The Biden administration's sale of offshore wind development rights off the coasts of New York and New Jersey drew a record $4.37 billion in high bids from developers that included major European energy companies.
General view of the Walney Extension offshore wind farm operated by Orsted off the coast of Blackpool, Britain September 5, 2018. REUTERS/Phil Noble/File Photo
The auction, which began on Wednesday and stretched into Friday afternoon, is the first offshore wind lease sale under U.S. President Joe Biden, who sees the expansion of the industry as a way to tackle climate change and create jobs.
The administration has set a goal to install some 30 gigawatts (GW) of offshore wind by 2030 along the nation's coastlines and several states, including New York and New Jersey, have set ambition mandates for clean power adoption.
"This week's offshore wind sale makes one thing clear: The enthusiasm for the clean energy economy is undeniable and it's here to stay," said Interior Secretary Deb Haaland.
The auction's scale marks a major step forward for offshore wind power in the United States, which has lagged European nations in developing the technology. Currently, the United States has just two small offshore wind facilities, off the coasts of Rhode Island and Virginia, along with two additional commercial-scale projects recently approved for development.
The U.S. Bureau of Ocean Energy Management (BOEM), which oversees energy development in federal waters, offered six leases across 488,201 acres (197,568 hectares) between New York's Long Island and New Jersey, an area known as the New York Bight.
By the end of the auction, total high bids on the six blocks amounted to $4.37 billion. That is more than three times the revenue received from all U.S. offshore oil and gas lease auctions over the past five years.
The top bidder was Bight Wind Holdings LLC, a joint venture between Germany's largest power producer RWE and Britain's National Grid (NG.L), which won a single 125,964-acre parcel for $1.1 billion.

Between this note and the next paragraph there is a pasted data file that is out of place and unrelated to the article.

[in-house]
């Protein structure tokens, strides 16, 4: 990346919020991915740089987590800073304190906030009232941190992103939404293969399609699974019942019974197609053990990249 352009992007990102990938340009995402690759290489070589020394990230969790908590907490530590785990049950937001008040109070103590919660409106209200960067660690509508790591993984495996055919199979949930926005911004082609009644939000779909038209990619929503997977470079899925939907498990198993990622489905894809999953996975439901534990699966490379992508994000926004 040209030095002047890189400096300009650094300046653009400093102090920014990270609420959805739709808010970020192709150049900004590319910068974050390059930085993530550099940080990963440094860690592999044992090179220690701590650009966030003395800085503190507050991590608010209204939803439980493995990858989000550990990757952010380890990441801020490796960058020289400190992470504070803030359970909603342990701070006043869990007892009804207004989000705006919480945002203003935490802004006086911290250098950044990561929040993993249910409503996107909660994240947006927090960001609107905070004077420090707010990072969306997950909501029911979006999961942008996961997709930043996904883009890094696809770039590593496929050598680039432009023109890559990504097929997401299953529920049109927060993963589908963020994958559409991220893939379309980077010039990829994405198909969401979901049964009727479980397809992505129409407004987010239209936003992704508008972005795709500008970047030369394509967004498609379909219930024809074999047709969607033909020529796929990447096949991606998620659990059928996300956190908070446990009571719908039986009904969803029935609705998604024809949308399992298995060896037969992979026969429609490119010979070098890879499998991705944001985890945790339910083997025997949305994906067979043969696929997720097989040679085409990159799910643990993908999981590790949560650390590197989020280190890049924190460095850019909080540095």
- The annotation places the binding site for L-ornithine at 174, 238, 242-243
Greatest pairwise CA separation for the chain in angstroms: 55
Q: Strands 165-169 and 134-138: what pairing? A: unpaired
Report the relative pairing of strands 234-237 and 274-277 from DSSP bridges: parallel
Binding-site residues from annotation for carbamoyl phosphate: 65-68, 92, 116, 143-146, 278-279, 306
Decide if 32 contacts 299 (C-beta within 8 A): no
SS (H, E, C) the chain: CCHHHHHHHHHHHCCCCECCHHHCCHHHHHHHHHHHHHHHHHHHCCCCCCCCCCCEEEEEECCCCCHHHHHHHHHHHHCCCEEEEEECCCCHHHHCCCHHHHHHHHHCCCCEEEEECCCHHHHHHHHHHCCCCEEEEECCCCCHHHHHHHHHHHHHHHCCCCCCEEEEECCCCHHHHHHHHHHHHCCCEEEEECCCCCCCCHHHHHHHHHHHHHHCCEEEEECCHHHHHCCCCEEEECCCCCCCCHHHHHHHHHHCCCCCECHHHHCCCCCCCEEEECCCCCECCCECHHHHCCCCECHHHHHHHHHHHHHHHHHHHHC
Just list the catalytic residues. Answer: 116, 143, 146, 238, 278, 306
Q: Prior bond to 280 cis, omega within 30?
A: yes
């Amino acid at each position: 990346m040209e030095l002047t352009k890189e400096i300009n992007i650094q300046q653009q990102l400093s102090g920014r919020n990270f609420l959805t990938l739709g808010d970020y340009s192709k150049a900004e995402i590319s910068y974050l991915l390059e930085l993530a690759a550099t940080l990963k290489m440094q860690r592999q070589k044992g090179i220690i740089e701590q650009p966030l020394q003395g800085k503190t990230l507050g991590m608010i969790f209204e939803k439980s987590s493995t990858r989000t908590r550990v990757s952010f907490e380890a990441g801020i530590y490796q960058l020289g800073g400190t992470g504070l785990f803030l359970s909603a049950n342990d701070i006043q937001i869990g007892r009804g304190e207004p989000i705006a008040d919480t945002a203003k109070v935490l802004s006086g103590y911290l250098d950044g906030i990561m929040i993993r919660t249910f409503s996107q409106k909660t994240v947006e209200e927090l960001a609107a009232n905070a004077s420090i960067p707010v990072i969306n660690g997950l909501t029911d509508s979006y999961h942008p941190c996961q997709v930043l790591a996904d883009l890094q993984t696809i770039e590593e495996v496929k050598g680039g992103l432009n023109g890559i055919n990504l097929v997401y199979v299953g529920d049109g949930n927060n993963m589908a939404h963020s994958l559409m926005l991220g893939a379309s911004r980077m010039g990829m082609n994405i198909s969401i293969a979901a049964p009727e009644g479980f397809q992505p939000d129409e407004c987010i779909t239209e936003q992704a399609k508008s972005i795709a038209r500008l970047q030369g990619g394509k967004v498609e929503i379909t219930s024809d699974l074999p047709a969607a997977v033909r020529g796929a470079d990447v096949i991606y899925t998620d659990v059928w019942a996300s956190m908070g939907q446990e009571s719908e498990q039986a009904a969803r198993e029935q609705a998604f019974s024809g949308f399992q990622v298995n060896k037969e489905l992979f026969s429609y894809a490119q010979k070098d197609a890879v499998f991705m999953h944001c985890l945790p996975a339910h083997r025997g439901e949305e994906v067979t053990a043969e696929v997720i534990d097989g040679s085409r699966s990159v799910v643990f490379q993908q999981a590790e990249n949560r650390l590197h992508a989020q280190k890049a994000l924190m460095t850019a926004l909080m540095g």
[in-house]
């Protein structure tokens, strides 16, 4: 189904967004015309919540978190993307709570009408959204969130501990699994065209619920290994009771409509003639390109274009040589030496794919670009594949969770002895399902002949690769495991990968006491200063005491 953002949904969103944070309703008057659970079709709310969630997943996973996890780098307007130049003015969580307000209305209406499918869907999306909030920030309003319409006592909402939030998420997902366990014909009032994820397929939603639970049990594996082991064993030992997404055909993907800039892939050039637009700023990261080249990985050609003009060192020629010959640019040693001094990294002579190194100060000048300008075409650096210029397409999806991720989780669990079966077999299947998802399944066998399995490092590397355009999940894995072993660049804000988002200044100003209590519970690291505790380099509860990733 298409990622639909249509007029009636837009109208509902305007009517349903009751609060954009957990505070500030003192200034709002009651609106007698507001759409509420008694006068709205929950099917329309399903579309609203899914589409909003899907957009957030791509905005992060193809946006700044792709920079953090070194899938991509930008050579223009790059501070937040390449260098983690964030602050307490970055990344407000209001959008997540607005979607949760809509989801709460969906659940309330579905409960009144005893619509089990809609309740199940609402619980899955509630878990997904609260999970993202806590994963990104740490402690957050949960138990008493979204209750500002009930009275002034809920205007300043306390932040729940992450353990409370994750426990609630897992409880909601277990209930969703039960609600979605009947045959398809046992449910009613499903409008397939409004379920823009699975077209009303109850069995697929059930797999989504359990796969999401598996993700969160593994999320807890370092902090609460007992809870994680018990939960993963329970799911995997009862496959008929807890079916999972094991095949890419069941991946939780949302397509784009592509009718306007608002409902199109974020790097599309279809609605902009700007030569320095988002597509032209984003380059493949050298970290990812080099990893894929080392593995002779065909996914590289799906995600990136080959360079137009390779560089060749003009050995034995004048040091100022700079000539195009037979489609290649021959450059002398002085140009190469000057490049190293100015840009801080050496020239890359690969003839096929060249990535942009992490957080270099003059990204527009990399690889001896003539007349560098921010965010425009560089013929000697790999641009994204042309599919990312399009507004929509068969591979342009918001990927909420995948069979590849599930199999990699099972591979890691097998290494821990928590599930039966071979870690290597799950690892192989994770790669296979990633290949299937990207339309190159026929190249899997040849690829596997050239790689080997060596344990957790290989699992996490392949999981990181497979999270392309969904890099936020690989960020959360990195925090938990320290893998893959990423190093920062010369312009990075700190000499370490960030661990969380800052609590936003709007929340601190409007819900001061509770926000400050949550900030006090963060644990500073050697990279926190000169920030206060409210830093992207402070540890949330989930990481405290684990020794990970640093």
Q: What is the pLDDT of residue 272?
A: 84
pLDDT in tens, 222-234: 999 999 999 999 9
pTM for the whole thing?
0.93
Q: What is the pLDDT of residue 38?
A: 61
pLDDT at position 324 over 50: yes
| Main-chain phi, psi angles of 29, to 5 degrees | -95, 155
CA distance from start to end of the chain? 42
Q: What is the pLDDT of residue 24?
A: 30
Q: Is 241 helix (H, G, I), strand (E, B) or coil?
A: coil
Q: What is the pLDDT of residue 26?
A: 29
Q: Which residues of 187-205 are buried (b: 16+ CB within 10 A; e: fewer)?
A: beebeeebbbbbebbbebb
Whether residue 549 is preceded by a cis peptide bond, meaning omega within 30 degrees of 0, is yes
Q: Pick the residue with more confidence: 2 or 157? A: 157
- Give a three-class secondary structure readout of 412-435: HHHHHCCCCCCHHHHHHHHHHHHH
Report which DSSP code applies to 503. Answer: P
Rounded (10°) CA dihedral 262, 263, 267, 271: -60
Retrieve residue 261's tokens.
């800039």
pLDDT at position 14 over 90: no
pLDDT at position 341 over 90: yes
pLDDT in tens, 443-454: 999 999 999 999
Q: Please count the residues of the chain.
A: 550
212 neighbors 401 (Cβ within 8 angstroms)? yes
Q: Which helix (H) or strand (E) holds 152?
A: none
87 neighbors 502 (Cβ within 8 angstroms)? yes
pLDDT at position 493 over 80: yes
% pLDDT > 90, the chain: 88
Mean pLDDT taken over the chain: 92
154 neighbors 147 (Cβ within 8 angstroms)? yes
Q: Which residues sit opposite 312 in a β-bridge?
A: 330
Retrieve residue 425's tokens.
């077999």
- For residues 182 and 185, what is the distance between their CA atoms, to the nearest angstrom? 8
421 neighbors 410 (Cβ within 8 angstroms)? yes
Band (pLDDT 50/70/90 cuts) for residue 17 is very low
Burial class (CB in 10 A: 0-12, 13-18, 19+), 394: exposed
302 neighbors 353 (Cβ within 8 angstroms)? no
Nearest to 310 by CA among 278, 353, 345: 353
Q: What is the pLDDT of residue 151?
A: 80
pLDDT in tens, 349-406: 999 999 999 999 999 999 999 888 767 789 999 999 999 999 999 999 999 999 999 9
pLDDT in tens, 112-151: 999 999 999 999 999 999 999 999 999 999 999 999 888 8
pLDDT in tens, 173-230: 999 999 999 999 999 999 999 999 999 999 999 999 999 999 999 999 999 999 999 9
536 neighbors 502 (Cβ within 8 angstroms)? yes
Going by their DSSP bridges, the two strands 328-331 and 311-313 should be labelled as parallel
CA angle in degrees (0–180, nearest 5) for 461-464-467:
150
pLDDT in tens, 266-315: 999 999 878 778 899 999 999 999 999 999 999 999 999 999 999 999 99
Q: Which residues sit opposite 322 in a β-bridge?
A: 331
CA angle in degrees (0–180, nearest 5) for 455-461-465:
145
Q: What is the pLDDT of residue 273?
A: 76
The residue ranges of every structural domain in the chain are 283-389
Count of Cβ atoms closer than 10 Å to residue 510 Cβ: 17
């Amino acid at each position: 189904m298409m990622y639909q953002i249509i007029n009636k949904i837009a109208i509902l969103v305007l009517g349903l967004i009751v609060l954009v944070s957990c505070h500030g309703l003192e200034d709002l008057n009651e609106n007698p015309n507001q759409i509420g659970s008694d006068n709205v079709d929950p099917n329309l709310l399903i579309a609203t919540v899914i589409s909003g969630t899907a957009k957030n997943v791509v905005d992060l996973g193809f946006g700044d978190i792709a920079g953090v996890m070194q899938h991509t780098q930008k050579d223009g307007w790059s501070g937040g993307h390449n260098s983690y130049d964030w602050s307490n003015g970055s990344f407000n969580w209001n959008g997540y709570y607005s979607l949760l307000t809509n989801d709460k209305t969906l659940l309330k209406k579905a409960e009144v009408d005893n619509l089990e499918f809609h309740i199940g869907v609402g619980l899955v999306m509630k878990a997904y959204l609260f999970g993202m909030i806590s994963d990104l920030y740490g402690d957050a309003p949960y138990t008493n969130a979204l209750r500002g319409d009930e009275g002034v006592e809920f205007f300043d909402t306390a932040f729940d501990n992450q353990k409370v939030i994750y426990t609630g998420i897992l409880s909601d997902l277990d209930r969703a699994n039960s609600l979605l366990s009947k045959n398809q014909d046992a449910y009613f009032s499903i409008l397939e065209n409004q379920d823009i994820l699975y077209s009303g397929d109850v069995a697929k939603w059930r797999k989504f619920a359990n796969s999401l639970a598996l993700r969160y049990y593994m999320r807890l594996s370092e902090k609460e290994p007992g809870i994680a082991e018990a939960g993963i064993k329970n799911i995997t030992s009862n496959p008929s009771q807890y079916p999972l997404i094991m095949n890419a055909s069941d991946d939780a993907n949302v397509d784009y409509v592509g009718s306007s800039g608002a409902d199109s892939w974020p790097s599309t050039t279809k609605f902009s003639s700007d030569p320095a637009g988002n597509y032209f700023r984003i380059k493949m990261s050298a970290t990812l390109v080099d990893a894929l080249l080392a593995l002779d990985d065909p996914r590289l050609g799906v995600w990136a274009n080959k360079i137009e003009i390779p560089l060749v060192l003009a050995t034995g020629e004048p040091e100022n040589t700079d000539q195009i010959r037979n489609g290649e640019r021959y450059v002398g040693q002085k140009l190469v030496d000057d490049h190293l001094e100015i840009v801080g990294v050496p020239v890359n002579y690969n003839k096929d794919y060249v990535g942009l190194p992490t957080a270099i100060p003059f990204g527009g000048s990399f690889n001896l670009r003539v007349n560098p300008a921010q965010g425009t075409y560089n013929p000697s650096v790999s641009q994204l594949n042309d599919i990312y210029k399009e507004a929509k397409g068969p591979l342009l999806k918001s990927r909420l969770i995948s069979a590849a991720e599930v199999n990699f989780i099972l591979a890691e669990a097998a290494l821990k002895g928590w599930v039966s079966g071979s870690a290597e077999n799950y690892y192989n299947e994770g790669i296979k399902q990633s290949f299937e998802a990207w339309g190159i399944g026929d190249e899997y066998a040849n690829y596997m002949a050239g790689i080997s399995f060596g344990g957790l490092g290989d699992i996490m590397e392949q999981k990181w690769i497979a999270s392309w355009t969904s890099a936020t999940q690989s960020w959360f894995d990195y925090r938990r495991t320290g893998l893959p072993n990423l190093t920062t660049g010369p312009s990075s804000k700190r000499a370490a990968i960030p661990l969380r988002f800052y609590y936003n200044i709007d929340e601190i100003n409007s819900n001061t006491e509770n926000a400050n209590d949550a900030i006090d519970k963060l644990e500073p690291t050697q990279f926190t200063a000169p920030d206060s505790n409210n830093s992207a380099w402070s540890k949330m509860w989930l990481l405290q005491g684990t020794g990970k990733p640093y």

Other winning bidders included Atlantic Shores Offshore Wind Bight LLC and Mid Atlantic Offshore Wind LCC, both of which are fifty-fifty joint ventures between Shell New Energies US LLC and EDF Renewables North America, whose parent companies are European energy giants.
Other winners included OW Ocean Winds East LLC, which is a joint venture between Portugal's EDP Renewables and France's ENGIE , along with Attentive Energy LLC and Invenergy Wind Offshore LLC, BOEM said.
An offshore energy industry group, the National Ocean Industries Association, said the auction reflected optimism among offshore wind developers of strong future demand.
"The record-shattering interest in the New York Bight lease sale is testament to how bright the American offshore wind outlook is and how confident developers are in the strength of the U.S. offshore wind industry as a whole," said Erik Milito, president of NOIA.
BOEM spokeswoman Tracey Moriarty said the revenues also marked a big win for taxpayers.
"The high bids will benefit tax payers, as the money incurred will go to the U.S. Treasury," she said.
It was not immediately clear how or if the high price of the leases would impact the cost of power eventually generated by the projects.
Trade group American Clean Power Association praised the record-breaking auction and said it supported BOEM's goal to hold six more lease sales through 2024.
"We challenge policymakers to provide even more certainty to this new industry, ensuring that the American people benefit from its growth and job-creating potential," said CEO Heather Zichal.
Not everyone supports offshore wind development. The Biden administration's ambitions have stoked concerns among commercial fishermen and coastal communities about harm to their livelihoods and property values.
In January, a group of New Jersey residents sued BOEM over its leasing plans for the New York Bight. The group, from the summer colony of Long Beach Island, is concerned about the aesthetic impacts of the turbines and potential lost tourism.
Commercial scallop fishermen in the region are also worried that the construction of offshore projects will hurt scallop populations and complicate navigation.